Costa Farms, a bedding and indoor houseplant grower in North America, is working to get ahead of the downy mildew disease that is infecting Impatiens walleriana or standard garden impatiens.
“Downy mildew is only infecting Impatiens walleriana,” explains Dr. Kate Santos, director of research and development for Costa Farms. “Gardeners can be assured it is not infecting other plant species like New Guinea impatiens and SunPatiens.”
Plasmopara obducens, the type of downy mildew that’s attacking impatiens, has been reported in several states and made its first appearance in the Palm Beach County area of Florida in late 2011. At this time, downy mildew cannot be cured after it is detected; prevention is the only way to protect impatiens from the disease.
“The best defense is a strong offense, so we at Costa Farms have initiated a three-prong approach to alert people about the disease, prevent infestation and provide alternatives to have healthy, beautiful plants in their landscape,” explains Santos. “We’re determined to help contain and minimize the spread of this disease.”
Know The Symptoms
The time from infection to the appearance of symptoms varies from about 5 to 14 days. To protect your crop, know how the disease is spread and be on the lookout for early leaf symptoms of the disease, especially in young plants and new growth.
According to Laura Sanagorski and Bill Schall, environmental and commercial horticulture extension agents at the University of Florida’s IFAS Palm Beach County Extension, young plants and new growth are most susceptible to the disease.
“The signs are yellow or light green foliage with speckling on the infected leaves, and then a white, downy-like growth composed of spores visible on the underside of the infected leaves,” Santos says.
Santos also warns that the first sign might be a downward leaf curling. If unchecked, eventually the leaves and flowers will drop, resulting in bare stems with only a few tiny, yellow leaves remaining, she says.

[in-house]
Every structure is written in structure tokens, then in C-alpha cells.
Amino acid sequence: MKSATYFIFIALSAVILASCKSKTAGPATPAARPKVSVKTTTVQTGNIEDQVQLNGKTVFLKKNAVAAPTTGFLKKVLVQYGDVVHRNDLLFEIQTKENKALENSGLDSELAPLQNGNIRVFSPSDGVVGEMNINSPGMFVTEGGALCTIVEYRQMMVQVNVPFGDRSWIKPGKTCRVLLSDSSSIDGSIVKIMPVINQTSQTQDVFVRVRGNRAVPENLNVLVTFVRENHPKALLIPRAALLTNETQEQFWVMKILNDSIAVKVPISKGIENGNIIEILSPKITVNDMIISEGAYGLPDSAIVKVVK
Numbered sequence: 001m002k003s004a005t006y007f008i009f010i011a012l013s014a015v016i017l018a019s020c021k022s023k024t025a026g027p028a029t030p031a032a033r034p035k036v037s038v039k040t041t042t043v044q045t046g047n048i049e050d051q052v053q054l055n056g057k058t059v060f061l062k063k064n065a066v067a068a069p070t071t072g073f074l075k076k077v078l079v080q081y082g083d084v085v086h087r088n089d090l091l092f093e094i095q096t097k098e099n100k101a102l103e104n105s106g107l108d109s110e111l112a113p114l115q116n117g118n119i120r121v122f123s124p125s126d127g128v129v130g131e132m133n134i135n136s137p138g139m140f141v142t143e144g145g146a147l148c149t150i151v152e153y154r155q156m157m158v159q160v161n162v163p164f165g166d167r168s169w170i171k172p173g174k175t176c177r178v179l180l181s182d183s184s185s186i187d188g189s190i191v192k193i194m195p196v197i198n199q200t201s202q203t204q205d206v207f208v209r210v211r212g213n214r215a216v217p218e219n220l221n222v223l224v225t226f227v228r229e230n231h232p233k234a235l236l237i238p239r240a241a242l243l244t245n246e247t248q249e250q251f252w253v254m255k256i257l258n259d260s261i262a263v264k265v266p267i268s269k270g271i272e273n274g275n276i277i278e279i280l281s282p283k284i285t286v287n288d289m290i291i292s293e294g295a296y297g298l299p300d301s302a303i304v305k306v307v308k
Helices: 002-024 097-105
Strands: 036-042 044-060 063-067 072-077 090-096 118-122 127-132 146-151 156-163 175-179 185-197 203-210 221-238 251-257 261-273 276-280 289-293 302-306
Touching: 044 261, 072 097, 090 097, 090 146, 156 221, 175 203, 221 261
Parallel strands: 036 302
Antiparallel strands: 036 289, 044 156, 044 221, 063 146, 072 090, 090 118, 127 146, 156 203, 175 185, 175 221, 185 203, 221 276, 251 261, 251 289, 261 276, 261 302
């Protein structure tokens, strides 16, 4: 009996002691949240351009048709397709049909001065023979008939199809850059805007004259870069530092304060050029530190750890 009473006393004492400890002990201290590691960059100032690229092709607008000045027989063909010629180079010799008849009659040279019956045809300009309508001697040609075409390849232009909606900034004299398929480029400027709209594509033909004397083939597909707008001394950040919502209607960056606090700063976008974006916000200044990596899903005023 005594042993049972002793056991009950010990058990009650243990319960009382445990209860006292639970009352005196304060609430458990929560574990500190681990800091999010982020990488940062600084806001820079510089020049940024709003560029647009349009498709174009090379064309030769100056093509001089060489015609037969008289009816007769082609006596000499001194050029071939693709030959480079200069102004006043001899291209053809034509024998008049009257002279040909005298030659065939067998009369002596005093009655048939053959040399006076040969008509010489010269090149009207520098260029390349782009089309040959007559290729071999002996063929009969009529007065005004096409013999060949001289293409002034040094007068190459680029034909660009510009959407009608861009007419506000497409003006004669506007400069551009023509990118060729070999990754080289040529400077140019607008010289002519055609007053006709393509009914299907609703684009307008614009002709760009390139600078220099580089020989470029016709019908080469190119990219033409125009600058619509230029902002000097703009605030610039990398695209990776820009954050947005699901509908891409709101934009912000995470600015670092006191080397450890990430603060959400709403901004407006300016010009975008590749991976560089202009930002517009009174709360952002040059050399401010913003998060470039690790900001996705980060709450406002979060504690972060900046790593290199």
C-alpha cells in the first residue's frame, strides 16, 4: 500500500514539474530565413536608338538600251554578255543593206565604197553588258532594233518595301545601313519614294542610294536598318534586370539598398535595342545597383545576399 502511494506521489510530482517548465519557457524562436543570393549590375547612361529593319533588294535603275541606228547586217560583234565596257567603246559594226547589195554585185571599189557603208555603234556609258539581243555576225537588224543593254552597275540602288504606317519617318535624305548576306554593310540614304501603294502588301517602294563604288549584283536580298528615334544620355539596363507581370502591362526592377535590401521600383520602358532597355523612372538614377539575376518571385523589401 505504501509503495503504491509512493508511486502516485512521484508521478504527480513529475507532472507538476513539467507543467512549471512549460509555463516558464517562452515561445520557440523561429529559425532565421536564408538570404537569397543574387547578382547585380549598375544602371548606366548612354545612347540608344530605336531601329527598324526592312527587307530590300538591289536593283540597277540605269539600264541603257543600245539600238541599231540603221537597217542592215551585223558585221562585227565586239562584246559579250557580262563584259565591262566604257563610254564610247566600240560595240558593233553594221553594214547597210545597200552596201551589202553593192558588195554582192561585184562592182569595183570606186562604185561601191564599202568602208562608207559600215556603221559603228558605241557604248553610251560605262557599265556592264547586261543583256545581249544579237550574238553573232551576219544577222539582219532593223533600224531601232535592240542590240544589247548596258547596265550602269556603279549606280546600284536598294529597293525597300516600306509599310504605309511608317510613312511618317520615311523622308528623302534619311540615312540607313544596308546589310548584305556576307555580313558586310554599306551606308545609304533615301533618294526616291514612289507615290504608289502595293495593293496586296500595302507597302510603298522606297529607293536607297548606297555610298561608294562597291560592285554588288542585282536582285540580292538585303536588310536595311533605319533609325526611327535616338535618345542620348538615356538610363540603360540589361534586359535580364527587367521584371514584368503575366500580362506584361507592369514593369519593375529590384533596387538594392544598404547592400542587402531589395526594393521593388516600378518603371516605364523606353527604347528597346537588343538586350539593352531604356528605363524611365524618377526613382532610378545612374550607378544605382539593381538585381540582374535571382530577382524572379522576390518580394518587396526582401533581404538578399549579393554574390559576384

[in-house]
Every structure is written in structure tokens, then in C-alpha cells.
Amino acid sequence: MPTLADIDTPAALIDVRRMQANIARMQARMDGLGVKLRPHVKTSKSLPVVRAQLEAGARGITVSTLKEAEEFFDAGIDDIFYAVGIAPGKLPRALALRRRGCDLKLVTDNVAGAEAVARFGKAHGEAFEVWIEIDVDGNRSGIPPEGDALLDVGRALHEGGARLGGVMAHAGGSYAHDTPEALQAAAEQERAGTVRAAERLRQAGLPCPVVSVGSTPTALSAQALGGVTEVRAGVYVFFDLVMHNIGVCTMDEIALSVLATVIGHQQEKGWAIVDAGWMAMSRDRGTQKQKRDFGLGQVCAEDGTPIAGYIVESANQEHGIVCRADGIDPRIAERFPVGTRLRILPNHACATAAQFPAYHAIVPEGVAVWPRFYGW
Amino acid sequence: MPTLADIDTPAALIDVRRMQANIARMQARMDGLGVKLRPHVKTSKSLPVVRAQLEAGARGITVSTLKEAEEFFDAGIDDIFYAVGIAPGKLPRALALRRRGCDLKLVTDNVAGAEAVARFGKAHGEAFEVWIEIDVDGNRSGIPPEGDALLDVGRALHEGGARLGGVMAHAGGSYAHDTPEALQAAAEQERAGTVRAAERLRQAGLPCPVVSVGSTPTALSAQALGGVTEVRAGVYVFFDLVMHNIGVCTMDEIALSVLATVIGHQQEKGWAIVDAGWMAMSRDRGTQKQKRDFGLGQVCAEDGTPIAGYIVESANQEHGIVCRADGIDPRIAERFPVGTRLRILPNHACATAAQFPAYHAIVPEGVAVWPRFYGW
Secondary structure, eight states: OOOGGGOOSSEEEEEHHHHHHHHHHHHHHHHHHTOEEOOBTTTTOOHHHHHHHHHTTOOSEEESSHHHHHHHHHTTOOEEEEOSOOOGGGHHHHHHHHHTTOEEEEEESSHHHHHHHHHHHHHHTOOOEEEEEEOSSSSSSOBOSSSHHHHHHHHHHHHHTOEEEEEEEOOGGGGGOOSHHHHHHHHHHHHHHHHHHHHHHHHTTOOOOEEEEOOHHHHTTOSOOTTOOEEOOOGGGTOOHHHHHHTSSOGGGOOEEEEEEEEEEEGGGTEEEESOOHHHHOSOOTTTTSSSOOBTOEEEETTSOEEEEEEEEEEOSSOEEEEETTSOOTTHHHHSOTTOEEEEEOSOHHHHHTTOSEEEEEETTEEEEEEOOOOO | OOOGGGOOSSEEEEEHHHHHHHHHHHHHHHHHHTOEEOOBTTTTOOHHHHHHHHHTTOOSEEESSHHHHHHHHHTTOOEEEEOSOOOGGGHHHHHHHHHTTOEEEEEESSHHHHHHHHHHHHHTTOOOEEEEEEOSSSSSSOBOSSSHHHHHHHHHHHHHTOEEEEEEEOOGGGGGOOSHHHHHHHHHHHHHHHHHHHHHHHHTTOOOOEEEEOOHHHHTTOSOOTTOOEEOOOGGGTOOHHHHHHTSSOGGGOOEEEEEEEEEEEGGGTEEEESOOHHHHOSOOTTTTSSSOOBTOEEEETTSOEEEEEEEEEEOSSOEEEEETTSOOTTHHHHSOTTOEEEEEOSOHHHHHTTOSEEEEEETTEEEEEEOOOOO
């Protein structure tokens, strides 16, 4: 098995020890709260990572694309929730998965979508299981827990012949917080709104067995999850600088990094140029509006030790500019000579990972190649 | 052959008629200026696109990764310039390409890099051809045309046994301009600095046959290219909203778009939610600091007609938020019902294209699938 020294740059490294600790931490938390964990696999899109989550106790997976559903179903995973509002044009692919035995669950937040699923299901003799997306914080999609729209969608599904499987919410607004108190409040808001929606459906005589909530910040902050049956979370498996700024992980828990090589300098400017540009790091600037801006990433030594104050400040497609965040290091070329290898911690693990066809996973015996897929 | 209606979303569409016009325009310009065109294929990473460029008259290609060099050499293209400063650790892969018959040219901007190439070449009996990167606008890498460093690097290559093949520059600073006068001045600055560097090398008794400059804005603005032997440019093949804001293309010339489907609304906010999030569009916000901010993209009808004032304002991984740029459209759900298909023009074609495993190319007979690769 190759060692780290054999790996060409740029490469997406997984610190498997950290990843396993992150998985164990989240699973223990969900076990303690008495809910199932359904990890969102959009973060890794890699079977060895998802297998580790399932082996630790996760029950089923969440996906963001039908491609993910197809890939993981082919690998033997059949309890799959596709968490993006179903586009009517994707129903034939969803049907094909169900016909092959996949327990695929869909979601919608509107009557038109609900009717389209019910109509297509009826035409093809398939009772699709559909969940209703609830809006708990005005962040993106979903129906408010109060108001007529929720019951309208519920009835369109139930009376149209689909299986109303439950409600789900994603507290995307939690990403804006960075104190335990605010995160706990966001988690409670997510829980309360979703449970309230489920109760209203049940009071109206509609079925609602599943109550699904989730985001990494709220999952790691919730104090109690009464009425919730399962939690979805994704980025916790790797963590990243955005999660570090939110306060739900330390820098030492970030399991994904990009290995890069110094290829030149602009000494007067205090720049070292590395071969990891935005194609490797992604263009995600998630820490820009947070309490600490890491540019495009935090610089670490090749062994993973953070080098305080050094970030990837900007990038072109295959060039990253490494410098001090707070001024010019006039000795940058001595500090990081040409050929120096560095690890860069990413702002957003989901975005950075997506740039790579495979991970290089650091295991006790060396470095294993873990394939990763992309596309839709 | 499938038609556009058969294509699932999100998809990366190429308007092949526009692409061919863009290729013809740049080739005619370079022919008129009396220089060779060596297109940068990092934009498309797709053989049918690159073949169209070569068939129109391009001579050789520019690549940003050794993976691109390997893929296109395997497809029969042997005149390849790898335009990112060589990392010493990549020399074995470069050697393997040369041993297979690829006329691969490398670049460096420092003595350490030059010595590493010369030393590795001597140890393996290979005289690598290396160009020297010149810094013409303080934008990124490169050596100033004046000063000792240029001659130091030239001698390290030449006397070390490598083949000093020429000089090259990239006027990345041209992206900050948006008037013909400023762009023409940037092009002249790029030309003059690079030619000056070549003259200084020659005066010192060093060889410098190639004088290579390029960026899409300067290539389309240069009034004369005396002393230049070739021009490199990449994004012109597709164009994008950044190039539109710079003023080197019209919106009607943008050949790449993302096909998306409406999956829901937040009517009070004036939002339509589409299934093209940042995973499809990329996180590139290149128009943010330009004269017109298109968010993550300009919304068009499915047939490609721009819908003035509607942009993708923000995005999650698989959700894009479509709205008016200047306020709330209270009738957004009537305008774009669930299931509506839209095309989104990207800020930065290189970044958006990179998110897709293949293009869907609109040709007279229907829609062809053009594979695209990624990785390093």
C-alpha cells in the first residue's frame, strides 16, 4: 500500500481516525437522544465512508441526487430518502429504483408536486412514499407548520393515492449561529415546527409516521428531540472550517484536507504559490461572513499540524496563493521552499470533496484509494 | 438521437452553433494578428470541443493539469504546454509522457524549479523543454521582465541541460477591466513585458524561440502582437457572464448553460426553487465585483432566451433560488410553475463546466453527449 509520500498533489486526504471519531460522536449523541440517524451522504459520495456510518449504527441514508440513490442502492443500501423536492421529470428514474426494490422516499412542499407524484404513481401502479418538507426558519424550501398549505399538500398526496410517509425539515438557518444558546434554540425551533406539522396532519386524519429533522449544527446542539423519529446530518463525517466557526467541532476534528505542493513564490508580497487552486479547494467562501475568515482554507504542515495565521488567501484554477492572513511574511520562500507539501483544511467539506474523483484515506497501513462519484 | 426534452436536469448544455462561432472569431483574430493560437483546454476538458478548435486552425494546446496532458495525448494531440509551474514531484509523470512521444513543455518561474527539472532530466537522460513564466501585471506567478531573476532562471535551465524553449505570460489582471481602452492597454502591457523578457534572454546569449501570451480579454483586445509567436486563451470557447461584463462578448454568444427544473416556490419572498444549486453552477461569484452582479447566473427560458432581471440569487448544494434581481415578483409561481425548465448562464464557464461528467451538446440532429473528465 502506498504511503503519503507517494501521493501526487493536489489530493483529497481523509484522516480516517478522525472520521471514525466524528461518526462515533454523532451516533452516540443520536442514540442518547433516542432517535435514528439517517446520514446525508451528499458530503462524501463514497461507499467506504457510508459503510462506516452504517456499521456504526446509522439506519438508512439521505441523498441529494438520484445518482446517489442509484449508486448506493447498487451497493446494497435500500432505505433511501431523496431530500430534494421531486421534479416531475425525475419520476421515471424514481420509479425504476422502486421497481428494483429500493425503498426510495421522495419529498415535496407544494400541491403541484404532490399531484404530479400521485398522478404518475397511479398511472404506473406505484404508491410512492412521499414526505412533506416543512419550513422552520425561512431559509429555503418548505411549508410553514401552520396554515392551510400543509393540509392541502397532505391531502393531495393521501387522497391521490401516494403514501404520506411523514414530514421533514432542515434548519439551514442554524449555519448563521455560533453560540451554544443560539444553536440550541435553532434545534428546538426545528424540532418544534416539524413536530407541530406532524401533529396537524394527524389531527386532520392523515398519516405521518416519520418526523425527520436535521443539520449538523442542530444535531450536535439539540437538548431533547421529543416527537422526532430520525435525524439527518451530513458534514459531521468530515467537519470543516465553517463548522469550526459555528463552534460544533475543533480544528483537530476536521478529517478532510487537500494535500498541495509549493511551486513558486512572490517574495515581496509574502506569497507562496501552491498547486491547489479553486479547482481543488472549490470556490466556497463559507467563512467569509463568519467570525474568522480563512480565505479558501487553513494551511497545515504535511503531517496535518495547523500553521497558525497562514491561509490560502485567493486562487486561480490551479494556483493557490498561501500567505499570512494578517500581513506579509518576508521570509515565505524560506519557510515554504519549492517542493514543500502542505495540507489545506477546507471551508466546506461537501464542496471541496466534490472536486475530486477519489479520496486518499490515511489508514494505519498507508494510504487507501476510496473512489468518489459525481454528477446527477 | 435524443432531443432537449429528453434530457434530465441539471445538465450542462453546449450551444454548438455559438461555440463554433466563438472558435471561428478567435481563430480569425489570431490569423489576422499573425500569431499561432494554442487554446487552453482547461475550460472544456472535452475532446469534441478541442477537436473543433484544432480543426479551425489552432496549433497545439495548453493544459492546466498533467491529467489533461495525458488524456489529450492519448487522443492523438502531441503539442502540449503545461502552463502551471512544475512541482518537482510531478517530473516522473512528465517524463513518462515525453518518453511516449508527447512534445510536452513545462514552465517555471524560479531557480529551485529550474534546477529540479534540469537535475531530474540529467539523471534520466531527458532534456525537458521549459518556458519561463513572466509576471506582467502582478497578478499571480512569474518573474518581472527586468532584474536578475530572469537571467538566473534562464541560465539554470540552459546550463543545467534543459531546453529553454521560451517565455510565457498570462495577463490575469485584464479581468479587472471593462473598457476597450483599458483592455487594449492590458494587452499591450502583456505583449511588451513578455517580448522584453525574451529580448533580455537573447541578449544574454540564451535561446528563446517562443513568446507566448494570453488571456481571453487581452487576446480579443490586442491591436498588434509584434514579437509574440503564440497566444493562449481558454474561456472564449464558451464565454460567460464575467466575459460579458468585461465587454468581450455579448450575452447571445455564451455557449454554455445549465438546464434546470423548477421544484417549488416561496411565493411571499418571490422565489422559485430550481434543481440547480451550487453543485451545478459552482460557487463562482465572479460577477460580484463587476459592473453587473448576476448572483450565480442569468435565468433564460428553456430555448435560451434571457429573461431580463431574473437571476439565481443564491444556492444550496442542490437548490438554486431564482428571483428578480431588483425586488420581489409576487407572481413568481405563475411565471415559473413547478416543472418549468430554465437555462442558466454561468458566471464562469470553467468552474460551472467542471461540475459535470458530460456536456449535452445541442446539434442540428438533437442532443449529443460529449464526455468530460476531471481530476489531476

Weather also plays a role in the spread of downy mildew. “Cool temperatures, moist air and wet foliage are ideal conditions for the disease that is spread by air or water movement,” says Santos.
Protect Through Prevention
Sanagorski and Schall also suggest that prevention is the most effective management strategy. They recommend eliminating nighttime watering and excessive fertilization to help avoid or reduce the occurrence of the disease.
“If infected impatiens are discovered, immediately remove the entire plant-roots, leaves and top part of plants, put into a plastic bag, tie it off and dispose,” Santos says.
Costa Farms is currently utilizing preventative measures that will protect its crops from downy mildew for several weeks after leaving the farm.
“Consumers can feel confident that Costa Farms is employing every measure to protect the plants prior to leaving the farm,” Santos says. “We’d like to remind consumers to only plant impatiens in beds that have not previously shown symptoms of downy mildew.”
Find Flower Alternatives
The good news is there are plenty of bedding plants that are ideal replacement for standard impatiens.
“If your impatiens are in the shade, you may lean to begonias or New Guinea impatiens, and if your garden is in the sun, plant SunPatiens, phlox and petunia or lobelia,” Santos says. “Remember to check your bedding impatiens, and use alternative flowers to create that wow color you love for your garden this year.”
For more information or to see a gallery of alternative flowers, visit CostaFarms.com.